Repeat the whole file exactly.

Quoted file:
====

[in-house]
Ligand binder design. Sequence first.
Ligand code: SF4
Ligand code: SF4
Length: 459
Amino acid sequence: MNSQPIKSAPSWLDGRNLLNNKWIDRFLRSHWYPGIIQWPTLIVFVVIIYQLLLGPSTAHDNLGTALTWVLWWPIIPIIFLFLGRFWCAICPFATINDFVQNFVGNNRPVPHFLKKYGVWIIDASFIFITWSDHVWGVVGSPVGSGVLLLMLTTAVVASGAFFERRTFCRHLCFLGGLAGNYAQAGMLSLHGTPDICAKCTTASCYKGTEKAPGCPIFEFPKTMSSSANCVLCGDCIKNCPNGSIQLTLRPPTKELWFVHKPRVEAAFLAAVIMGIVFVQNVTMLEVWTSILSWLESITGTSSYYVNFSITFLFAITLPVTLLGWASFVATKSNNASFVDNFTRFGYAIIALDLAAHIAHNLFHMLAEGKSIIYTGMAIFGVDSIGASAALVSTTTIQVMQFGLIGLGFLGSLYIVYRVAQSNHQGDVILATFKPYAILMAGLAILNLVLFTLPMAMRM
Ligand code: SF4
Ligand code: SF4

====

[in-house]
Ligand binder design. Sequence first.
Ligand code: SF4
Ligand code: SF4
Length: 459
Amino acid sequence: MNSQPIKSAPSWLDGRNLLNNKWIDRFLRSHWYPGIIQWPTLIVFVVIIYQLLLGPSTAHDNLGTALTWVLWWPIIPIIFLFLGRFWCAICPFATINDFVQNFVGNNRPVPHFLKKYGVWIIDASFIFITWSDHVWGVVGSPVGSGVLLLMLTTAVVASGAFFERRTFCRHLCFLGGLAGNYAQAGMLSLHGTPDICAKCTTASCYKGTEKAPGCPIFEFPKTMSSSANCVLCGDCIKNCPNGSIQLTLRPPTKELWFVHKPRVEAAFLAAVIMGIVFVQNVTMLEVWTSILSWLESITGTSSYYVNFSITFLFAITLPVTLLGWASFVATKSNNASFVDNFTRFGYAIIALDLAAHIAHNLFHMLAEGKSIIYTGMAIFGVDSIGASAALVSTTTIQVMQFGLIGLGFLGSLYIVYRVAQSNHQGDVILATFKPYAILMAGLAILNLVLFTLPMAMRM
Ligand code: SF4
Ligand code: SF4